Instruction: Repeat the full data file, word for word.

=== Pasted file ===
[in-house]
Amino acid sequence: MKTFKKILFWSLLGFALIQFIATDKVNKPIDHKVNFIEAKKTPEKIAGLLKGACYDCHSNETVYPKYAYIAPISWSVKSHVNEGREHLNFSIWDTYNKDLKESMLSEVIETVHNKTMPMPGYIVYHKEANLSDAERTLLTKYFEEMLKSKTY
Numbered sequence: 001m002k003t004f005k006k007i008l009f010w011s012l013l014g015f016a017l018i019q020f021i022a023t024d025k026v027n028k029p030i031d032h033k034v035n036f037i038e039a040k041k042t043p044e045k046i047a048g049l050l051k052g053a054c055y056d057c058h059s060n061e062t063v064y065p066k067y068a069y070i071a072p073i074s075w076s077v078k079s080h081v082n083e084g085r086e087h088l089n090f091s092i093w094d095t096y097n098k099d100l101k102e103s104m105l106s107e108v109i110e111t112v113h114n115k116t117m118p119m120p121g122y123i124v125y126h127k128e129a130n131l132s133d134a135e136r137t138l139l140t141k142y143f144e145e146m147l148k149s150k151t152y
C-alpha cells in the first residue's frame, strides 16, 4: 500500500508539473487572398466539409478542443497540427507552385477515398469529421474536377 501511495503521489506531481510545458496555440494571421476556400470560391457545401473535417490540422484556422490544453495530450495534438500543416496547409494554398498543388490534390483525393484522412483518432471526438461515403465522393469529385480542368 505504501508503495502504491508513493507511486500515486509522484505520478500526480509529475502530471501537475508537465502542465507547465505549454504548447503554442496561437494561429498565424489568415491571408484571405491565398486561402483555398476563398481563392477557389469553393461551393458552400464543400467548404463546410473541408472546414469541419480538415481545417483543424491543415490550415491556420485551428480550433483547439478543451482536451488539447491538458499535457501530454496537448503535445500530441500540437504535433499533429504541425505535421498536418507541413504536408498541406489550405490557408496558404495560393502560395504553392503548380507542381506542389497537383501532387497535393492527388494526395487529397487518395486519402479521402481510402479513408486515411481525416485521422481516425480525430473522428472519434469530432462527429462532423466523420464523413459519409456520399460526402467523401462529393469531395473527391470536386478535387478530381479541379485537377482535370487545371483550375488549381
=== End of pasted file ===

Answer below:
[in-house]
Amino acid sequence: MKTFKKILFWSLLGFALIQFIATDKVNKPIDHKVNFIEAKKTPEKIAGLLKGACYDCHSNETVYPKYAYIAPISWSVKSHVNEGREHLNFSIWDTYNKDLKESMLSEVIETVHNKTMPMPGYIVYHKEANLSDAERTLLTKYFEEMLKSKTY
Numbered sequence: 001m002k003t004f005k006k007i008l009f010w011s012l013l014g015f016a017l018i019q020f021i022a023t024d025k026v027n028k029p030i031d032h033k034v035n036f037i038e039a040k041k042t043p044e045k046i047a048g049l050l051k052g053a054c055y056d057c058h059s060n061e062t063v064y065p066k067y068a069y070i071a072p073i074s075w076s077v078k079s080h081v082n083e084g085r086e087h088l089n090f091s092i093w094d095t096y097n098k099d100l101k102e103s104m105l106s107e108v109i110e111t112v113h114n115k116t117m118p119m120p121g122y123i124v125y126h127k128e129a130n131l132s133d134a135e136r137t138l139l140t141k142y143f144e145e146m147l148k149s150k151t152y
C-alpha cells in the first residue's frame, strides 16, 4: 500500500508539473487572398466539409478542443497540427507552385477515398469529421474536377 501511495503521489506531481510545458496555440494571421476556400470560391457545401473535417490540422484556422490544453495530450495534438500543416496547409494554398498543388490534390483525393484522412483518432471526438461515403465522393469529385480542368 505504501508503495502504491508513493507511486500515486509522484505520478500526480509529475502530471501537475508537465502542465507547465505549454504548447503554442496561437494561429498565424489568415491571408484571405491565398486561402483555398476563398481563392477557389469553393461551393458552400464543400467548404463546410473541408472546414469541419480538415481545417483543424491543415490550415491556420485551428480550433483547439478543451482536451488539447491538458499535457501530454496537448503535445500530441500540437504535433499533429504541425505535421498536418507541413504536408498541406489550405490557408496558404495560393502560395504553392503548380507542381506542389497537383501532387497535393492527388494526395487529397487518395486519402479521402481510402479513408486515411481525416485521422481516425480525430473522428472519434469530432462527429462532423466523420464523413459519409456520399460526402467523401462529393469531395473527391470536386478535387478530381479541379485537377482535370487545371483550375488549381